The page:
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Polycystic Kidney Disease
Polycystic kidney disease (also called PKD). PKD is an inherited kidney disorder. It causes numerous cysts to grow in the kidneys. These cysts are filled with fluid. If too many cysts grow or if they get too big, the kidneys can become damaged. PKD may impair kidney function and eventually cause kidney failure. PKD is the fourth leading cause of kidney failure.

  • Polycystic kidney disease (PKD) causes cysts to form on the kidneys.
  • There are three types of PKD: autosomal dominant PKD, autosomal recessive PKD, and acquired cystic kidney disease.
  • There is no cure for PKD, but there are treatments that can control symptoms.

Other organs besides the kidney are affected by PKD
PKD can affect other organs besides the kidney. People with PKD may have cysts in their liver, pancreas, spleen, ovaries, and large bowel. Cysts in these organs usually do not cause serious problems, but can in some people. PKD can also affect the brain or heart. If PKD affects the brain, it can cause an aneurysm. An aneurysm is a bulging blood vessel that can burst, resulting in a stroke or even death. If PKD affects the heart, the valves can become floppy, resulting in a heart murmur in some patients.

Symptoms
Many people live with PKD for years without experiencing symptoms associated with the disease. Cysts typically grow 0.5 inches or larger before a person starts noticing symptoms. Initial symptoms associated with PKD can include:

  • pain or tenderness in the abdomen
  • blood in the urine
  • frequent urination
  • pain in the sides
  • urinary tract infection (UTI)
  • kidney stones
  • pain or heaviness in the back
  • skin that bruises easily
  • pale skin color
  • fatigue
  • joint pain
  • nail abnormalities

Children with autosomal recessive PKD may have symptoms that include:

  • high blood pressure
  • UTI
  • frequent urination

Symptoms in children may resemble other disorders. It is important to get medical attention for a child experiencing any of symptoms listed above.

Causes
Abnormal genes cause polycystic kidney disease, and the genetic defects mean the disease runs in families. Rarely, a genetic mutation can be the cause of polycystic kidney disease.
There are two types of polycystic kidney disease, caused by different genetic flaws:

  • Autosomal dominant polycystic kidney disease (ADPKD).Signs and symptoms of ADPKD often develop between the ages of 30 and 40. In the past, this type was called adult polycystic kidney disease, but children can develop the disorder.

Only one parent needs to have the disease in order for it to pass along to the children. If one parent has ADPKD, each child has a 50 percent chance of getting the disease. This form accounts for about 90 percent of cases of polycystic kidney disease.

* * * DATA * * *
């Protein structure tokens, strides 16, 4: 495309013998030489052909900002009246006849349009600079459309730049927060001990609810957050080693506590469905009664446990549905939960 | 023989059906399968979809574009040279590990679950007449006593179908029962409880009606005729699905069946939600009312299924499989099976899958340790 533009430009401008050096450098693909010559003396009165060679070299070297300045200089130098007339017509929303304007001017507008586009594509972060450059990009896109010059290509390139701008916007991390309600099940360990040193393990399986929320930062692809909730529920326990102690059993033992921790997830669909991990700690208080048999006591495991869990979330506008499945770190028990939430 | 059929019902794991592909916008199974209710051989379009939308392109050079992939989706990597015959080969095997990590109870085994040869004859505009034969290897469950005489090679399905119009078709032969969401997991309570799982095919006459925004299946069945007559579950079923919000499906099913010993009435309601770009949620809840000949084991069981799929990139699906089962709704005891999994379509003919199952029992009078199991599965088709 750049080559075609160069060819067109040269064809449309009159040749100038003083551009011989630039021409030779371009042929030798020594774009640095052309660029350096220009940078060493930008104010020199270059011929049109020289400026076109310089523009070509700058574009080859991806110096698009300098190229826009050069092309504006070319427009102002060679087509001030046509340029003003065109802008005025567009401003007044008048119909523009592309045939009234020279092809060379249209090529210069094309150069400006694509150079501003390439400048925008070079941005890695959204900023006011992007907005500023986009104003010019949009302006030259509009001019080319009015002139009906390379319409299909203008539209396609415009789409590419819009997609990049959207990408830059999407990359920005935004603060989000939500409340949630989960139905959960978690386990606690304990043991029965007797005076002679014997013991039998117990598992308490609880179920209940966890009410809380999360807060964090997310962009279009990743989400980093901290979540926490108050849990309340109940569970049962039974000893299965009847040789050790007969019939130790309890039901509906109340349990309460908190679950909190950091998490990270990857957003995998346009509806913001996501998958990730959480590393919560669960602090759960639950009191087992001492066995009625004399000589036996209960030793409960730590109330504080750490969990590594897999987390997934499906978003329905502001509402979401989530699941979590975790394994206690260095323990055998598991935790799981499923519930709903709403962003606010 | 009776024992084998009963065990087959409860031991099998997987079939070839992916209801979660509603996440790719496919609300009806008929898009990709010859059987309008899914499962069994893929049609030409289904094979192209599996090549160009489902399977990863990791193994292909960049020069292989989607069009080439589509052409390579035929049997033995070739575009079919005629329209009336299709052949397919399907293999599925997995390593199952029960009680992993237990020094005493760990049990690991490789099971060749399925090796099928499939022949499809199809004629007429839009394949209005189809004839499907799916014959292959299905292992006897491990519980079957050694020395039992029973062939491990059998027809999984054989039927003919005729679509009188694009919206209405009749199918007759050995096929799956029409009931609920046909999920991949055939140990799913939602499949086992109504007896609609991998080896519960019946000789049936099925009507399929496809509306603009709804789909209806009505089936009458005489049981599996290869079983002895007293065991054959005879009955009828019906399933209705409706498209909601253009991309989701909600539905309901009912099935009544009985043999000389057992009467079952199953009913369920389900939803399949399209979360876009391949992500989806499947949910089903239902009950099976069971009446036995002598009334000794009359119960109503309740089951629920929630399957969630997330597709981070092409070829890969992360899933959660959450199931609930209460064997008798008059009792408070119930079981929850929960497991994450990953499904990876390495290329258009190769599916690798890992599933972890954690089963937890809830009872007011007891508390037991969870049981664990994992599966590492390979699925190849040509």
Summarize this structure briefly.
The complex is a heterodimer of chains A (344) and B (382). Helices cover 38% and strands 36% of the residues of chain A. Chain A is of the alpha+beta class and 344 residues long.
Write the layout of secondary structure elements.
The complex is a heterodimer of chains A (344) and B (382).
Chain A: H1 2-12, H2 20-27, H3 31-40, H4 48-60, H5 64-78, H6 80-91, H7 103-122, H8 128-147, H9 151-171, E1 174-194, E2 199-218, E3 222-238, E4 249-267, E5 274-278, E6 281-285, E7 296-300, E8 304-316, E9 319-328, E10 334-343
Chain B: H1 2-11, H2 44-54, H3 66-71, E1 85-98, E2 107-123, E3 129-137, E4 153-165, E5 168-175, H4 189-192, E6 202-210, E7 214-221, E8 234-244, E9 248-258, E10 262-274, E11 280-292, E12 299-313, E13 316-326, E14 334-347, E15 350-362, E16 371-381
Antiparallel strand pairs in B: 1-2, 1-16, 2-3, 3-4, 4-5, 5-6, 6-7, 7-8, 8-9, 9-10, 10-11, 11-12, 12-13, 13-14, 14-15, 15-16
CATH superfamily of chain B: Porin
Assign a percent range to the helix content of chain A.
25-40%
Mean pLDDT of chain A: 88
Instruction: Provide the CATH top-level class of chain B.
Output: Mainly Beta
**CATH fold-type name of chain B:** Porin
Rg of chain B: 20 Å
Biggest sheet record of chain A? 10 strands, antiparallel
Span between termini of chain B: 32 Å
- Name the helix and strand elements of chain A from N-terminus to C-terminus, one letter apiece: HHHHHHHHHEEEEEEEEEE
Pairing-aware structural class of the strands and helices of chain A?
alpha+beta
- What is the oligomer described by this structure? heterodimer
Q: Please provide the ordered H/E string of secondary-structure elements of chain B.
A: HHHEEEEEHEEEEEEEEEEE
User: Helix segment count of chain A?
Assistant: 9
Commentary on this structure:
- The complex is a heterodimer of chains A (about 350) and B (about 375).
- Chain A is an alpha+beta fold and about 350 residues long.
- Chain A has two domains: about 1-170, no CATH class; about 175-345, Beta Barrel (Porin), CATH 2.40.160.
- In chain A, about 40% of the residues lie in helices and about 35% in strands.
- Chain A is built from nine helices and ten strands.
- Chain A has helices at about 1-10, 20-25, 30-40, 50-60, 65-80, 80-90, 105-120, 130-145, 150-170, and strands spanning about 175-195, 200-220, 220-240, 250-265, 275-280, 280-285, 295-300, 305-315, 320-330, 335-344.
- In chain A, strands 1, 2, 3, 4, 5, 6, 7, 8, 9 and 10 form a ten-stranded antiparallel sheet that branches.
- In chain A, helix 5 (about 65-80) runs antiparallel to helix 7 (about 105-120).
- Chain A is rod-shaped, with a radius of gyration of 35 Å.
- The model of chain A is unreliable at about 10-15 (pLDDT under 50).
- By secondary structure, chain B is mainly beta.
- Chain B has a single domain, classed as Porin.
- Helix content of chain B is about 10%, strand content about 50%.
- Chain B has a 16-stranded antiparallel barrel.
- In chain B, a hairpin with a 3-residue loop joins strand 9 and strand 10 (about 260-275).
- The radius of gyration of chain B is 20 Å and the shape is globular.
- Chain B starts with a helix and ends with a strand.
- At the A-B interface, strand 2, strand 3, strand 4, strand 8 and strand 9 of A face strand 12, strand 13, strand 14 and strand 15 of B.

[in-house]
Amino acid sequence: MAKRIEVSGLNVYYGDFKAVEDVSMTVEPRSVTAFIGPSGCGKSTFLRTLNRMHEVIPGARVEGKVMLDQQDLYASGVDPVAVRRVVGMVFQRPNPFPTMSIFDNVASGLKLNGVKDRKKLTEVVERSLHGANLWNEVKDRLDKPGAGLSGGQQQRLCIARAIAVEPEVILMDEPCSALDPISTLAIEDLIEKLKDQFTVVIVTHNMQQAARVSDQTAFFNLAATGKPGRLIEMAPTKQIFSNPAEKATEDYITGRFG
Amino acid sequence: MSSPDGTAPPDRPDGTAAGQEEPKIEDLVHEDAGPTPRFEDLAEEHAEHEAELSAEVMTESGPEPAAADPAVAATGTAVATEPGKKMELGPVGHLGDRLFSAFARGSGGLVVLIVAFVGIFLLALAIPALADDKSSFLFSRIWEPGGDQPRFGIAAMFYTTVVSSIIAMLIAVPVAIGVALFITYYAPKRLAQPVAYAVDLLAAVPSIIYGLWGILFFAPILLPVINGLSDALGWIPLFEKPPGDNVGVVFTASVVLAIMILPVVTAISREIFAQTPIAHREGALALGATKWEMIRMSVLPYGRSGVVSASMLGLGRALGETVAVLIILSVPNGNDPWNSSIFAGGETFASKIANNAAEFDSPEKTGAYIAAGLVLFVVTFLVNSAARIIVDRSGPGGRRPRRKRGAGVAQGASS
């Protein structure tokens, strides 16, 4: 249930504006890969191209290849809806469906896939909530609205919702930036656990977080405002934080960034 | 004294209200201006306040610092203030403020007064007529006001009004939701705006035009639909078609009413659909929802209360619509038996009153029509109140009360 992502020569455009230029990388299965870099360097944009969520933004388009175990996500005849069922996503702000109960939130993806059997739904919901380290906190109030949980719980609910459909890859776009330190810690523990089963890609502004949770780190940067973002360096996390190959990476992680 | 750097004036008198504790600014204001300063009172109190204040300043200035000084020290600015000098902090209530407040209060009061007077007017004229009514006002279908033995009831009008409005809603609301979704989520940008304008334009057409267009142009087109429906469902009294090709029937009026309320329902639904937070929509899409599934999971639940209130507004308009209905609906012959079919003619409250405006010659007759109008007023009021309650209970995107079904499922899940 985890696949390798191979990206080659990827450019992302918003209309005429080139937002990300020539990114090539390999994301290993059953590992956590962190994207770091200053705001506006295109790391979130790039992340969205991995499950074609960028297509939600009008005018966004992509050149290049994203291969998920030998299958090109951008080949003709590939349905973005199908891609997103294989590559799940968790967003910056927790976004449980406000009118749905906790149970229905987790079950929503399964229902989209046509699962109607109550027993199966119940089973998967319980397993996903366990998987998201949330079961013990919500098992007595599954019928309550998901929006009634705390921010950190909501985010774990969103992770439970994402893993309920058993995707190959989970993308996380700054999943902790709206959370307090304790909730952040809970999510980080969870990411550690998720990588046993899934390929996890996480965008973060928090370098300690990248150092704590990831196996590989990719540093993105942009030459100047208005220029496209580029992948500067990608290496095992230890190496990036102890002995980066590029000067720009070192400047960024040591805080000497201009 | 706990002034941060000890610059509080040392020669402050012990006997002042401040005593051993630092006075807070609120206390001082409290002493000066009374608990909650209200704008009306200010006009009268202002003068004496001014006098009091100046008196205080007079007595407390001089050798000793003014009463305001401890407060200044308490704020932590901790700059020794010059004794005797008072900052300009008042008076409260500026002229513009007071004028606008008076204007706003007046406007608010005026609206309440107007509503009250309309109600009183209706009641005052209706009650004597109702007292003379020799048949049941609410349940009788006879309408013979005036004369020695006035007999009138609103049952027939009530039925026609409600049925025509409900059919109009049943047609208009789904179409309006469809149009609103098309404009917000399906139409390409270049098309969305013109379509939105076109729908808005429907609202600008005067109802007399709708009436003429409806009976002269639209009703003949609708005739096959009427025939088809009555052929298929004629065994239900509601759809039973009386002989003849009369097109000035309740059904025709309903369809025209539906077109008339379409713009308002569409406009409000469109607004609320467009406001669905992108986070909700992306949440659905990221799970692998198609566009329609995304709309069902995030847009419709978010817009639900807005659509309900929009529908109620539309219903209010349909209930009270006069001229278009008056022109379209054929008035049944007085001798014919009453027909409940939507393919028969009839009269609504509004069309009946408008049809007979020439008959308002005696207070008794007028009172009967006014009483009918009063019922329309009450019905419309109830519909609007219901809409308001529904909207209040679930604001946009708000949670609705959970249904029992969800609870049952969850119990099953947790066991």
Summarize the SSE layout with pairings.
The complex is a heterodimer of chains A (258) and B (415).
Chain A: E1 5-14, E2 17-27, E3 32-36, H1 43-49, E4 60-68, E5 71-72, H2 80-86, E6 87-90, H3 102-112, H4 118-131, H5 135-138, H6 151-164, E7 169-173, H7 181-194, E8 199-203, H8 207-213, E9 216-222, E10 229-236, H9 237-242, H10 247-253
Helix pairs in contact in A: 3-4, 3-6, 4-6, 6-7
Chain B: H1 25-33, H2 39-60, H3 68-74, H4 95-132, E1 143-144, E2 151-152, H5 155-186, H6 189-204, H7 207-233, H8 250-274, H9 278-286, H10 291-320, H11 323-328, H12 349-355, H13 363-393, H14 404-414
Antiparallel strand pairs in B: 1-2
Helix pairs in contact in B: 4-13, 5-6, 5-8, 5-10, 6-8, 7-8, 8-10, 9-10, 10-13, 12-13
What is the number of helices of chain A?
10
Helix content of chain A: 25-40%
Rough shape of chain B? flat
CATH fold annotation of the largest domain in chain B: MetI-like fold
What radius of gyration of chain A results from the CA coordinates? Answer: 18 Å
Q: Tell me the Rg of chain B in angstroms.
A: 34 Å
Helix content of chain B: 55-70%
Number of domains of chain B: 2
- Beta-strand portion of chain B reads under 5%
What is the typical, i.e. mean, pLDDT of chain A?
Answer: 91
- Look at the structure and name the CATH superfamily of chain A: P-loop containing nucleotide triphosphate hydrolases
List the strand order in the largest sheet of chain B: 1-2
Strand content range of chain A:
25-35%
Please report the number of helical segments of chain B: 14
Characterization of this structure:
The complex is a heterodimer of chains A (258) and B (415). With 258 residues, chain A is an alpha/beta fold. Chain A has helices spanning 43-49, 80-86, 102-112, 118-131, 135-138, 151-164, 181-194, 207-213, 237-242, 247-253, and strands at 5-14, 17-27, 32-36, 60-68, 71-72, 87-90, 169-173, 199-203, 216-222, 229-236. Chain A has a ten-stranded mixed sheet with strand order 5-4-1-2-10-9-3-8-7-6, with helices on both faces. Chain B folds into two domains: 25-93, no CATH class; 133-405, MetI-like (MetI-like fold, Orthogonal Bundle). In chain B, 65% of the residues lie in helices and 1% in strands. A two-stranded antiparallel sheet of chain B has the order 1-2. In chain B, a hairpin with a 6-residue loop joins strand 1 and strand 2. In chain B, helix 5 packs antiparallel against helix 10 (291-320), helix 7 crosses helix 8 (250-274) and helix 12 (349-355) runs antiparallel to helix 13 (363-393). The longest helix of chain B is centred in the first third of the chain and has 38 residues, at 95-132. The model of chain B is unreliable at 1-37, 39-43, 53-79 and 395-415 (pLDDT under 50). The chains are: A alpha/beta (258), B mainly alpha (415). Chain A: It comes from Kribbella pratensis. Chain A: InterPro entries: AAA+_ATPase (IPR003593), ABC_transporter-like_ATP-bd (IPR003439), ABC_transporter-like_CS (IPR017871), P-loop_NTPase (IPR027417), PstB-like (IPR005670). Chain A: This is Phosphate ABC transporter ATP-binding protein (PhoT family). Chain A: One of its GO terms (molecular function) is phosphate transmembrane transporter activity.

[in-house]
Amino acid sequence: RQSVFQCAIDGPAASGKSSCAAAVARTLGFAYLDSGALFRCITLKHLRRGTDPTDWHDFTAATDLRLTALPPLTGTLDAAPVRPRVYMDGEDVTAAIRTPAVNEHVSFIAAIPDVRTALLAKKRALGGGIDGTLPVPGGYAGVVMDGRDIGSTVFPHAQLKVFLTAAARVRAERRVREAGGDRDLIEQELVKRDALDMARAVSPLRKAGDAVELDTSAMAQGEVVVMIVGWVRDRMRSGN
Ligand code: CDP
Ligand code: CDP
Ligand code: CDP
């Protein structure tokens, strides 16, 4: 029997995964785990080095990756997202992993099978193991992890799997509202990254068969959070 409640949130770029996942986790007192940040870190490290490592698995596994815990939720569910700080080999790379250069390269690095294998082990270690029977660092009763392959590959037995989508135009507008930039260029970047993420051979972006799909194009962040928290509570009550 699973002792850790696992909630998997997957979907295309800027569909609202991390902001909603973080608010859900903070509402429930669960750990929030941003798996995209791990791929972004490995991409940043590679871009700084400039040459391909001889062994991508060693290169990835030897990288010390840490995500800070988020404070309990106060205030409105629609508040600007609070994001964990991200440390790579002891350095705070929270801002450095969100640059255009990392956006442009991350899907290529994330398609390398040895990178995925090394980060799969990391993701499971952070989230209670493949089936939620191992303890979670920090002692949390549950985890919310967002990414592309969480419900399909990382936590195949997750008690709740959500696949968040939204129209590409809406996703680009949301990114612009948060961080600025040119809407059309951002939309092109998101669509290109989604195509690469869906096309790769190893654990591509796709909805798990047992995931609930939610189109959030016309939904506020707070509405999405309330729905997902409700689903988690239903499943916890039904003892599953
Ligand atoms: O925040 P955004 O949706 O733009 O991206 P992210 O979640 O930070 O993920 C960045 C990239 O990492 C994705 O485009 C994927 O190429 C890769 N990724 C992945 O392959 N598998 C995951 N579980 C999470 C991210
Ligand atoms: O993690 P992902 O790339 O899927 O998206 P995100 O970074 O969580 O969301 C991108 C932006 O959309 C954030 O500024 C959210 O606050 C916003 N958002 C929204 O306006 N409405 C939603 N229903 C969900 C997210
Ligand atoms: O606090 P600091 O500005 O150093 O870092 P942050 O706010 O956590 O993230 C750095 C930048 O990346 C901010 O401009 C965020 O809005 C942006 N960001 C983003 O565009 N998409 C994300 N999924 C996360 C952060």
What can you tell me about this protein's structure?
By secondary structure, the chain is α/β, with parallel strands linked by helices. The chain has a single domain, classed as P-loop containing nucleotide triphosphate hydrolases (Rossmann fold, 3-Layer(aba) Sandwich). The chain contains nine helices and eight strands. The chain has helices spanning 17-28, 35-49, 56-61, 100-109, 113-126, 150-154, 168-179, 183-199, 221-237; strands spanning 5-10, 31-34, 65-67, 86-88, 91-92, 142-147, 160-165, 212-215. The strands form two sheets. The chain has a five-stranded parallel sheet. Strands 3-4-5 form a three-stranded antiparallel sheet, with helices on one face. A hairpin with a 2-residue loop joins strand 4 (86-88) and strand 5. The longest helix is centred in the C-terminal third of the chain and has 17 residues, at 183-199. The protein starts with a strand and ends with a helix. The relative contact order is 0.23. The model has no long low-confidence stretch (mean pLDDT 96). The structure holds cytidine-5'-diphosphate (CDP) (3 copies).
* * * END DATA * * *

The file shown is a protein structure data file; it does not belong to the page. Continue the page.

• Autosomal recessive polycystic kidney disease (ARPKD).This type is far less common than is ADPKD. The signs and symptoms often appear shortly after birth. Sometimes, symptoms don’t appear until later in childhood or during adolescence.

Both parents must have abnormal genes to pass on this form of the disease. If both parents carry a gene for this disorder, each child has a 25 percent chance of getting the disease.

Diagnosed?
To diagnose all three types of PKD, your doctor may use imaging tests to look for cysts of the kidney, liver, and other organs. Imaging tests used to diagnose PKD include:

  • abdominal ultrasound: a non-invasive test that uses sound waves to look at your kidneys for cysts
  • abdominal CT scan: can detect smaller cysts in the kidneys
  • abdominal MRI scan: uses strong magnets to image your body to visualize kidney structure and look for cysts
  • intravenous pyelogram: uses a dye to make your blood vessels show up more clearly on an X-ray

Does everyone with PKD develop kidney failure?
No. About 50 percent of people with PKD will have kidney failure by age 60, and about 60 percent will have kidney failure by age 70. People with kidney failure will need dialysis or a kidney transplant. Certain people have an increased risk of kidney failure including:

  • men
  • patients with high blood pressure
  • patients with protein or blood in their urine
  • women with high blood pressure who have had more than three pregnancies

Treatments
Some of the treatment options may include:

  • pain medication, except Ibuprofen, which is not recommended as it may worsen kidney disease
  • blood pressure medication
  • antibiotics to treat UTIs
  • a low sodium diet
  • diuretics to help remove excess fluid from the body
  • surgery to drain cysts and help relieve discomfort

With advanced PKD that causes renal failure, dialysis and kidney transplant may be necessary. One or both of the kidneys may need to be removed.

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